Why more brands are going multi-channel

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Ecommerce has changed consumer expectations, altering the way they think and act. Retailers and online stores are no longer just a vehicle for completing a transaction for something a consumer needs. Shoppers seek a deeper relationship with the brands they buy from, especially in consumer-packaged-goods (CPG) categories like apparel and footwear, health and beauty, and food and beverage.

The online buying experience top brands have built has created a new type of shopper who seeks authentic, personal interactions with brands and often wants to join a community of like-minded buyers loyal to a certain brand. Digitally native businesses (i.e. those that started online) have led this movement and put pressure on more established brands to build a meaningful connection with their customers.

Indeed, the ability of direct-to-consumer (D2C) brands to meet customer expectations has fueled the increasing popularity and sustained success of these companies. Bringing businesses and consumers closer together is increasingly valuable in a world where consumers are more brand-focused than ever before. More than a decade after the first D2C brands appeared, CPG brands now understand why these forward-thinking brands have taken off.

They have their own eCommerce sites that generate a significant portion of their revenue. While there is ample opportunity for these D2C sites to keep thriving, many brands are looking to expand into new markets to better meet the needs of their customers via wholesale, branded pop-up stores, online marketplaces, and even social media. This is a response to loyal brand followers who seek experiences with those companies in more places.

The ubiquity of eCommerce has allowed shoppers to connect with brands in a way that was impossible before the internet. No longer are brands beholden to brick-and-mortar locations to get their products in front of potential customers. Ecommerce has created global opportunities for businesses of all sizes, and in turn, has given consumers more choices than ever before.

It’s not just about having an online presence anymore – it’s about engaging with customers on their terms, and in the places they already are. Brands that don’t adapt will be left behind as D2C companies continue to grow and expand into new markets. For many established brands, going multi-channel is the best way to remain relevant and keep up with the competition.

The key is for businesses to not only launch those channels but thoughtfully link them together in a way that improves the customer experience while staying true to the fundamental principles of the brand they’ve already built. Meeting customer expectations everywhere they purchase goods is only possible with a prudent strategy and robust tools.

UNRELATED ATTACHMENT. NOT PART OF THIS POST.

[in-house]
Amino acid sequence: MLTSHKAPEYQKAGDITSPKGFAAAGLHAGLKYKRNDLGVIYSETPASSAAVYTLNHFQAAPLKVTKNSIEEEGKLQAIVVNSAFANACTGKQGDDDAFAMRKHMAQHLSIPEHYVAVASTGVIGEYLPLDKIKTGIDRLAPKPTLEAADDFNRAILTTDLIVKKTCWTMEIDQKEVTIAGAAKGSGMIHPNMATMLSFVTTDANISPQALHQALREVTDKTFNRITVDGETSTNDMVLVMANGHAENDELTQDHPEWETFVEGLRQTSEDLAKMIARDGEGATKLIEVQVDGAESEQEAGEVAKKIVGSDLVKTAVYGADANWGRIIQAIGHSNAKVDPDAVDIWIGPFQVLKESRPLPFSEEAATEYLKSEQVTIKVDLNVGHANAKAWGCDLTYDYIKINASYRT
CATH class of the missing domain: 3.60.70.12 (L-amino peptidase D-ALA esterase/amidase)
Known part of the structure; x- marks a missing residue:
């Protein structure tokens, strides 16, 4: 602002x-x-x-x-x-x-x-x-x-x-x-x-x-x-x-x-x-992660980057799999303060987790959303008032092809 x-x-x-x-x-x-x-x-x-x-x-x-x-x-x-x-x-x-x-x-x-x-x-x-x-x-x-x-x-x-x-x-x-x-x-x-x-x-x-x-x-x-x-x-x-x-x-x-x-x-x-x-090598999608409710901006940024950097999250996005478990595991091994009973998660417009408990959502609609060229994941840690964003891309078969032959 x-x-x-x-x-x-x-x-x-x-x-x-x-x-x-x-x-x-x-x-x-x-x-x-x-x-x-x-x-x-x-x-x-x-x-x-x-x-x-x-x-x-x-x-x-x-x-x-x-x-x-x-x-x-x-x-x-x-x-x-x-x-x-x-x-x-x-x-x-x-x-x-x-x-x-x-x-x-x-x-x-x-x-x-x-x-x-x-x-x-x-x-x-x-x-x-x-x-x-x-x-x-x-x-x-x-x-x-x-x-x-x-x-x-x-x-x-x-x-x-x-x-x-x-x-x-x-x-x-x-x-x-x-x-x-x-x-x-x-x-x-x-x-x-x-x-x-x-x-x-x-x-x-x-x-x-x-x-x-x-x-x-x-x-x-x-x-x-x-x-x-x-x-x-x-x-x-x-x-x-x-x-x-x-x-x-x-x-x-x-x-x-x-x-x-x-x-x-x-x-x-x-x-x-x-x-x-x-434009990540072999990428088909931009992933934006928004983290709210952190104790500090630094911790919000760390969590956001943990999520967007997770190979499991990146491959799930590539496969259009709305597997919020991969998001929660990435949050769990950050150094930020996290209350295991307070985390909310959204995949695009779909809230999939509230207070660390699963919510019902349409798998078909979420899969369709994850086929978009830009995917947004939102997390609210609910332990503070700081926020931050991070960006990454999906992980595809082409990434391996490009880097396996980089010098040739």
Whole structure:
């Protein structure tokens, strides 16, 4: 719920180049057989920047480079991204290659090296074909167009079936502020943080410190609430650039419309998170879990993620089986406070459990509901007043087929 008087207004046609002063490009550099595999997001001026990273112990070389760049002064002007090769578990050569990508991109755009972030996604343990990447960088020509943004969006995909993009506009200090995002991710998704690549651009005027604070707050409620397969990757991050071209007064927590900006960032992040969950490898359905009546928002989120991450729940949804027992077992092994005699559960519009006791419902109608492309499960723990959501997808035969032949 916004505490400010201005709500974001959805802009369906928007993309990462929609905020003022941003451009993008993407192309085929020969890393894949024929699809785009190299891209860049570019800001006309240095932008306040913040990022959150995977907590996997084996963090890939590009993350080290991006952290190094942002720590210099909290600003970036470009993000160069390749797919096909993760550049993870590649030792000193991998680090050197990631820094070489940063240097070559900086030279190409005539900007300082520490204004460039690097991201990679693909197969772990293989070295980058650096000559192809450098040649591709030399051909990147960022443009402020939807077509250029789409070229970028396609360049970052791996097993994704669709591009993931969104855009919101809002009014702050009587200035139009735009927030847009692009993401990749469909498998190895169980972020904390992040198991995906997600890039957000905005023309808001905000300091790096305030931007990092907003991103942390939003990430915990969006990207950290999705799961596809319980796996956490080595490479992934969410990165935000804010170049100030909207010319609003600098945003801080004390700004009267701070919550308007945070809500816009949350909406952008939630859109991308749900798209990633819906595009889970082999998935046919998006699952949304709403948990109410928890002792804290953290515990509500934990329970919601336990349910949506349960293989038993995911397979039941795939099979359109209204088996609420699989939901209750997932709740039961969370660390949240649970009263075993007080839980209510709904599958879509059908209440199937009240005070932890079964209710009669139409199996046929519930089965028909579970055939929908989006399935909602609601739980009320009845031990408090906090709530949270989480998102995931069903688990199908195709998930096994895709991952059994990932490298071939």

Breaking into these new channels does present some risk because the company is ceding control of its brand to partners. CPG companies can give specific direction to a retail store about how their products should be displayed and can create an online store page with logos and the company’s mission.

But this is like designing one room in another person’s house rather than building a new house to one’s exact specifications from the ground up. This makes it more difficult to build personal connections with buyers, especially since the price is the most important factor for most marketplace shoppers.

A company’s product is just one listing among many similar offerings. Price is front and center—customers often filter results to show the cheapest products first, and it’s easy to get into price wars on marketplaces where many people are selling the same item. A brand will need to dedicate resources to ensuring it is portrayed as desired across these third-party channels. 

Another key difference with third-party sales is businesses either cannot access or must pay for data when using resellers. For instance, if a protein bar brand sells its products on Amazon, it receives no information about those buyers. The food manufacturer doesn’t even get buyers’ emails, much less their location or other demographics, while a direct-to-consumer online store gathers all that information at no additional cost.

While CPG companies should weigh these factors, they are not a reason to ignore additional channels, especially as multi-channel becomes less of a choice and more a requirement. Pulling in revenue through these other channels will only become more important in the years to come as a multi-channel strategy continues to become the new normal.

If you want to find out how we can help your business grow by becoming multi-channel check out our latest case-study below:

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